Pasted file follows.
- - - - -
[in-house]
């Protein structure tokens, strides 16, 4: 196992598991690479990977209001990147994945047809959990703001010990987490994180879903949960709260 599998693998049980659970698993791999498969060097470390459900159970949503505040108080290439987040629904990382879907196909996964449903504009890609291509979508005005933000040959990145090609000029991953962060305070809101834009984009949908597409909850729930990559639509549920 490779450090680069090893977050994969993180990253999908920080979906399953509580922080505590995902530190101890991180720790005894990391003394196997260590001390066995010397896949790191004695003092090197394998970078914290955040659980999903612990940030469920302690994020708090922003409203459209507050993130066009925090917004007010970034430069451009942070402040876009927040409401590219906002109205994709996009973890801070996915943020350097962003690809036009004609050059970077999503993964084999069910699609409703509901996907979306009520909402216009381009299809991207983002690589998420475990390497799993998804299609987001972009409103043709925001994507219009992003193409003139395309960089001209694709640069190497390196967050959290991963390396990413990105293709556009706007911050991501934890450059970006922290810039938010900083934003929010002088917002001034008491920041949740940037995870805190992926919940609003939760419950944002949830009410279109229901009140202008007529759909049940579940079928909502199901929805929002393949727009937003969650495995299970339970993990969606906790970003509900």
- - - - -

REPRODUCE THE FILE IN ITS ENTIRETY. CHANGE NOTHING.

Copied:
[in-house]
């Protein structure tokens, strides 16, 4: 196992598991690479990977209001990147994945047809959990703001010990987490994180879903949960709260 599998693998049980659970698993791999498969060097470390459900159970949503505040108080290439987040629904990382879907196909996964449903504009890609291509979508005005933000040959990145090609000029991953962060305070809101834009984009949908597409909850729930990559639509549920 490779450090680069090893977050994969993180990253999908920080979906399953509580922080505590995902530190101890991180720790005894990391003394196997260590001390066995010397896949790191004695003092090197394998970078914290955040659980999903612990940030469920302690994020708090922003409203459209507050993130066009925090917004007010970034430069451009942070402040876009927040409401590219906002109205994709996009973890801070996915943020350097962003690809036009004609050059970077999503993964084999069910699609409703509901996907979306009520909402216009381009299809991207983002690589998420475990390497799993998804299609987001972009409103043709925001994507219009992003193409003139395309960089001209694709640069190497390196967050959290991963390396990413990105293709556009706007911050991501934890450059970006922290810039938010900083934003929010002088917002001034008491920041949740940037995870805190992926919940609003939760419950944002949830009410279109229901009140202008007529759909049940579940079928909502199901929805929002393949727009937003969650495995299970339970993990969606906790970003509900």